Lured by high payouts, Marylanders turn $30 lottery ticket into top seller

Cliff Kidwell, a regular lottery player at the U.S. 40 BP Station in Catonsville, holds a $30 scratch-off ticket. Despite the price, the $30 tickets have been a hit with customers because of the potential for a bigger payoff than other instant tickets offer.
Cliff Kidwell, a regular lottery player at the U.S. 40 BP Station in Catonsville, holds a $30 scratch-off ticket. Despite the price, the $30 tickets have been a hit with customers because of the potential for a bigger payoff than other instant tickets offer. (Jeff Barke / Baltimore Sun)

The Lottery’s most expensive “scratch-off” ticket ever has turned into its newest cash cow — a $30 game showing Marylanders’ willingness to dig deeper than ever to dream of making an instant fortune.

A year after it was introduced, the ticket — physically larger than other scratch-offs and depicting its top prize in glittery gold lettering, “$2,000,000 Fortune!” — has become the state’s best seller.


“It did really, really well” in 2017, said lottery chief Gordon Medenica. “It was the top seller probably for 48 of the 52 weeks.”

It is so popular that Maryland is introducing another $30 ticket called “$2,000,000 Mega Bucks” on Feb. 26. Promotional posters for the new game — with “Win Big!” in oversized letters — are already up at gas stations and other outlets and are attracting the attention of players.


Thirty bucks may seem like a lot to spend on a ticket, but “I’m going to play the new one because all the big prizes will still be there at the beginning,” said Cliff Kidwell, a regular customer at the U.S. 40 BP station in Catonsville, which offers lottery players special parking, a smoking deck and a lounge with free coffee.

“You see a lot of people buying it,” said store co-owner Shawn Jamal, who expects interest to surge when the new ticket is released.

Coming off a record year for lottery sales, Maryland is launching what will be its most expensive ticket — $30.

The $30 game offers a trade-off that lures many players. In exchange for paying 30 times the cost of the state’s cheapest ticket ($1), they receive better odds and higher payouts.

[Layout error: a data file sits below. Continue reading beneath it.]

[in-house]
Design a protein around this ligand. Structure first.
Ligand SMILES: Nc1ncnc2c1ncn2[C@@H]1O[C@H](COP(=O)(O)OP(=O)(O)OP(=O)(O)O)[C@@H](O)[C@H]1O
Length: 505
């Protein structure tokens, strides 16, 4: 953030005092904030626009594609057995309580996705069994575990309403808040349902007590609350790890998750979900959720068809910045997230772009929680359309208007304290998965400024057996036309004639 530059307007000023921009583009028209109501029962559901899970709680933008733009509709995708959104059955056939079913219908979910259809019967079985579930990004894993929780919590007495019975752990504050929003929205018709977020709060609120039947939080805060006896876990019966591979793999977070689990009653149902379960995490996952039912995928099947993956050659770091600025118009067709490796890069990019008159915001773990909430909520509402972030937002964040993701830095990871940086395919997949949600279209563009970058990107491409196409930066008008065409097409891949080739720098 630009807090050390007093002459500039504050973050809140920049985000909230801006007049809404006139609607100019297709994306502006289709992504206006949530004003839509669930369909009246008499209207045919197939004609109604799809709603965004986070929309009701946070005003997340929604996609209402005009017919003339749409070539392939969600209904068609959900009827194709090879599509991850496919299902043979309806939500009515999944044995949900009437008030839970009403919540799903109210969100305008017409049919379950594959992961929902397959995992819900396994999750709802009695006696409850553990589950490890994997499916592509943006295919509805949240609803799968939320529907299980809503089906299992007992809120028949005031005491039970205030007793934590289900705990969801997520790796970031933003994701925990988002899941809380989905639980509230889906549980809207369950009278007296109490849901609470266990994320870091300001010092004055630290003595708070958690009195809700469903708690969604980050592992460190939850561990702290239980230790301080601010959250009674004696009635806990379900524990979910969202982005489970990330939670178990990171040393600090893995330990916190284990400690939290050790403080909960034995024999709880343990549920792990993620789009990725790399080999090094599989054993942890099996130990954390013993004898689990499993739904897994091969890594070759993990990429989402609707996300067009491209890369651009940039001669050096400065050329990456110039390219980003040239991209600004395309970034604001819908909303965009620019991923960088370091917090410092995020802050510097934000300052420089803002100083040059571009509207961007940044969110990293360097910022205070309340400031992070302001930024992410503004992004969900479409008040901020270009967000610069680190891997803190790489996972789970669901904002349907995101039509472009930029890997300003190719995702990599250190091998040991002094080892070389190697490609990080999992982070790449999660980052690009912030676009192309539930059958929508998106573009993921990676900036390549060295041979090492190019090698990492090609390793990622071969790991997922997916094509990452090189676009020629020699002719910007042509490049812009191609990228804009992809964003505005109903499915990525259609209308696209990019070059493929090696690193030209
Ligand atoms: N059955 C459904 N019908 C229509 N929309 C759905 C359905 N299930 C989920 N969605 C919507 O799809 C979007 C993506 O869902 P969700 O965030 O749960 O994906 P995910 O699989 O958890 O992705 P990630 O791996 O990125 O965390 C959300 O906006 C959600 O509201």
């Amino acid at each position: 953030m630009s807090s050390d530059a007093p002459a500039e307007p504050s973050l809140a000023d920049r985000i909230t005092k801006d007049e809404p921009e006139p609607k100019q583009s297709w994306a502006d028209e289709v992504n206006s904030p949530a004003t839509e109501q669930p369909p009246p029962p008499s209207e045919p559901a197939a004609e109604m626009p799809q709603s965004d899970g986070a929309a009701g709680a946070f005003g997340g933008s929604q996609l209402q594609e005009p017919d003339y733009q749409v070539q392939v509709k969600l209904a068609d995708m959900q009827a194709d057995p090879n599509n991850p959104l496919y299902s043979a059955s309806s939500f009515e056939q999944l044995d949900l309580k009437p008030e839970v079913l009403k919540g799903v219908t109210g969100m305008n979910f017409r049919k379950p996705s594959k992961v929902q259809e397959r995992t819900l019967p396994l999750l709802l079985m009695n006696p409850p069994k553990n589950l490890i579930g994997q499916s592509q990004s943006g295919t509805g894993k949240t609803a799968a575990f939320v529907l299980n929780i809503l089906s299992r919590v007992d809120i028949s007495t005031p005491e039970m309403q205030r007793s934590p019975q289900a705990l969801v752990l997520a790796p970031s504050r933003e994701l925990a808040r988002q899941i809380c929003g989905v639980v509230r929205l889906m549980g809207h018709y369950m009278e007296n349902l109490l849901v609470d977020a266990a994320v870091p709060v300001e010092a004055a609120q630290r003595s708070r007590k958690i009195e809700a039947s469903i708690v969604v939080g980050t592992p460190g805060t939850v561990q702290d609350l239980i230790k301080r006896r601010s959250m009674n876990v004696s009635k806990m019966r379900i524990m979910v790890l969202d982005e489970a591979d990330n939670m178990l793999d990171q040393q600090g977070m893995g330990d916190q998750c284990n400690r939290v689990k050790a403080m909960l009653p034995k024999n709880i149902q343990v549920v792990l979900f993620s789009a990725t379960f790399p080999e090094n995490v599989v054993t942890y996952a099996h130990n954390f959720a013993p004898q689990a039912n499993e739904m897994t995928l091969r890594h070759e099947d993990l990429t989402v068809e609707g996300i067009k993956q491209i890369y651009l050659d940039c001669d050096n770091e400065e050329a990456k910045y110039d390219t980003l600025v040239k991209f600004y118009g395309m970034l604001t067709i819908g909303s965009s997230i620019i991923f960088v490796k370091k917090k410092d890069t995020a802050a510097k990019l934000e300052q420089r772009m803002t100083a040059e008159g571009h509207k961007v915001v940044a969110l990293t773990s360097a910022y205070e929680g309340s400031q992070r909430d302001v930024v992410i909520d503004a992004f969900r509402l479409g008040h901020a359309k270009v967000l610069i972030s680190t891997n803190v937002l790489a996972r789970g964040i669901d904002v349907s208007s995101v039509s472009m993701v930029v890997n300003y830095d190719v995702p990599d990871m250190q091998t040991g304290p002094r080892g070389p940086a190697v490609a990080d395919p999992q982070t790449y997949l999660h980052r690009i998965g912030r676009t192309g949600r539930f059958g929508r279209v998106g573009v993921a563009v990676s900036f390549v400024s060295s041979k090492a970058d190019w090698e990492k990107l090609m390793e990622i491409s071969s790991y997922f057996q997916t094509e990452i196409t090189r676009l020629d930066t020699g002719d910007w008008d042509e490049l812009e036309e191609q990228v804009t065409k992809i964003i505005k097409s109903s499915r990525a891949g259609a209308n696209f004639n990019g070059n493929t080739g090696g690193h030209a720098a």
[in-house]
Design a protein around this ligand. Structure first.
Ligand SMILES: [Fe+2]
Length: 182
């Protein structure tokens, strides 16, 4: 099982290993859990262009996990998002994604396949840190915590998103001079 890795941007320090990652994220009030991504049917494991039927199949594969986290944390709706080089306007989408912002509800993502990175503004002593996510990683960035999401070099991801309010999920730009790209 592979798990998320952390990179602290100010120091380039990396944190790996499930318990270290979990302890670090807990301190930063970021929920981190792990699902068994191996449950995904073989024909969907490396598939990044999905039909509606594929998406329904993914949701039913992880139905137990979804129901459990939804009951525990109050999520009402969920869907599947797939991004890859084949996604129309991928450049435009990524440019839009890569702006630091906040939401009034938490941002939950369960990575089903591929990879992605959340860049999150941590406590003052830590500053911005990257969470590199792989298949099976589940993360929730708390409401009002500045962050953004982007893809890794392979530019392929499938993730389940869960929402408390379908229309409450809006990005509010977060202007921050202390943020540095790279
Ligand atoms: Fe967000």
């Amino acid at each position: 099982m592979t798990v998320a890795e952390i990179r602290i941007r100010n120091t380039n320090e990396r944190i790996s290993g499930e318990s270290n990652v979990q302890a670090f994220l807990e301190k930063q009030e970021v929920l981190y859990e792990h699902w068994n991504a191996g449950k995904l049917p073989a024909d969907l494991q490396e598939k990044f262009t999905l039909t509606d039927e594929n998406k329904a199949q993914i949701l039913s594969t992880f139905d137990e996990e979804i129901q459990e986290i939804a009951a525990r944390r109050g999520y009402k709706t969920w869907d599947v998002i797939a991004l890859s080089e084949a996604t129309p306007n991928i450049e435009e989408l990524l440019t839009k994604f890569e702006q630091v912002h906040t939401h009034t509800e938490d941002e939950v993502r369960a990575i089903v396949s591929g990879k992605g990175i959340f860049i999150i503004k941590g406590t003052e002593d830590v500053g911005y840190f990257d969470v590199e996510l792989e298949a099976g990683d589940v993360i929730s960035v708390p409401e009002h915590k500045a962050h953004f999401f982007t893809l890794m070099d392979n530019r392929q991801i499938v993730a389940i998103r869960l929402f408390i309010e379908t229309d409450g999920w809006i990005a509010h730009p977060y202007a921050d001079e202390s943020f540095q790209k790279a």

The payout is the amount of money collected by the state from sales that returns to players in the form of prizes. Scratch-off payouts range from 60 percent for $1 tickets and 72 percent for $5 tickets, to nearly 80 percent for the $30 game.


By offering an 80 percent payout, Maryland “appears to be adopting the Massachusetts model,” said Robert Williams, a professor and gambling researcher at the University of Lethbridge in Alberta, Canada.

“Massachusetts has historically always had the highest revenue from instant lotteries in the U.S., in large part because they have had a higher payback percentage than anywhere else,” Williams said. “Higher payback percentages produce more small wins and thereby encourage continued play, often by reinvesting the winnings. The end result is more overall money being spent.”

The probability of winning the $2 million top prize in Maryland’s $30 game is 1 in 783,272. But the chances of winning any prize on the ticket is 1 in 2.82 — better odds for players than in other instant games.

The $30 ticket offers prizes of $30, $40, $50, $100, $200, $500, $5,000, $50,000 and $2 million.

The Maryland Lottery began the game in February 2017. Two of the five $2 million prizes have not been won yet and, the lottery said, no date has been set for stopping sales.

The Maryland Lottery is trying to address a problem with what it calls "stale inventory" — scratch-off games that continue to be sold after their appeal has faded and their heavily promoted top prizes are all but gone.